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Thursday, September 4, 2008

Sweet School Stories

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I read yesterday on Jamie's blog about a kindergarten teacher in New York who reached out to a hard of hearing boy who would be in her class. The little boy who was born deaf now has a cochlear implant but even so still has trouble blocking out background noise . His teacher Joan Cruz wanted to help him have the most successful start in school she could provide him so she contacted the U.S. Tennis Association for used tennis balls and had them attached to all the chair legs and desk legs in her classroom. To me the touching part is that although the teacher is not hearing impaired herself, nevertheless, she understood that quieting her classroom this way would help her new student hear her better. You can see a photo of the boy in his classroom and read the whole story in the New York Daily News.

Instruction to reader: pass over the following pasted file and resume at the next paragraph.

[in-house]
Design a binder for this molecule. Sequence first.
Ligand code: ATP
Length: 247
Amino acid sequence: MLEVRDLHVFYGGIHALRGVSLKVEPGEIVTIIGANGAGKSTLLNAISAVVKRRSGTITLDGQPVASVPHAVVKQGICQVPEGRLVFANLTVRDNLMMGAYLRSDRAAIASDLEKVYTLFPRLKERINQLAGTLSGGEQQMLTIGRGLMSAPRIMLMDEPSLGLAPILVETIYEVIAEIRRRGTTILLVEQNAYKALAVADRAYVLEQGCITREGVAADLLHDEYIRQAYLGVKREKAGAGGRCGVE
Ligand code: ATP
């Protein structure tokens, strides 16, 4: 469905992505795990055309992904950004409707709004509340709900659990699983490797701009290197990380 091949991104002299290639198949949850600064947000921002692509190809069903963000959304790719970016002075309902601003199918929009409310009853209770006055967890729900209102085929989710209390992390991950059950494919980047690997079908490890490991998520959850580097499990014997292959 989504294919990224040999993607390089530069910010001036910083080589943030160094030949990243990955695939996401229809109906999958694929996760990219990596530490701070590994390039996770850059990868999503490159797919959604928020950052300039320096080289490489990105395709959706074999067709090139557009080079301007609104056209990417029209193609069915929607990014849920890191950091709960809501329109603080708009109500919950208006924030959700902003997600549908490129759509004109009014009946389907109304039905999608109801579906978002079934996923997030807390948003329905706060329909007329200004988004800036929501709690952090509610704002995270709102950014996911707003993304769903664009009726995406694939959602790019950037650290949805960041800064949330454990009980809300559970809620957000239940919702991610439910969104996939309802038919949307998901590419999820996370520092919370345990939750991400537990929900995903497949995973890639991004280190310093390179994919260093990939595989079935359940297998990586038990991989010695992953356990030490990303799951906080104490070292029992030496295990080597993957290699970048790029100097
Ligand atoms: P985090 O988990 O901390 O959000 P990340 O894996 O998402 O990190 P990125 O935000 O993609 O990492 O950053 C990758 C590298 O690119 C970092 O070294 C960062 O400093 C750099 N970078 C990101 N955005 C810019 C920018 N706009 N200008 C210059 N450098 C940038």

Here's another story of a teacher who cares. My neighbor Wendy works in a local public school as a teacher's aid in a special education classroom. One of the kids in her class this year has cerebral palsy and uses crutches to walk. Wendy's class was located on the second floor and she told me how the boy would struggle to climb the stairs. Of course my first thought was why isn't an elevator or one of those electronic seats that go up stairs available for him. Apparently for reasons I'm still not clear on, this wasn't available. Fortunately, the teacher Wendy assists is a compassionate soul like Ms. Cruz and she got the classroom moved downstairs. The kids in the class pitched in and helped carry things.

I'm sure we all remember how tough school could be. Imagine having a teacher who understood your needs and made every effort to help you succeed. What a difference compassion can make!


Deb Ann said...

How sweet! It's a lot worth to be shared as well :)

SpeakUp Librarian said...

Hi Deb Ann,
I was hoping these stories might sweeten someone's day - that's why I picked that title. Glad you enjoyed them!

SpeakUp Librarian said...

The students are very fortunate to have the compassionate, considerate teachers. Mishkazena

I agree, Mishkazena. Thanks for dropping by my blog.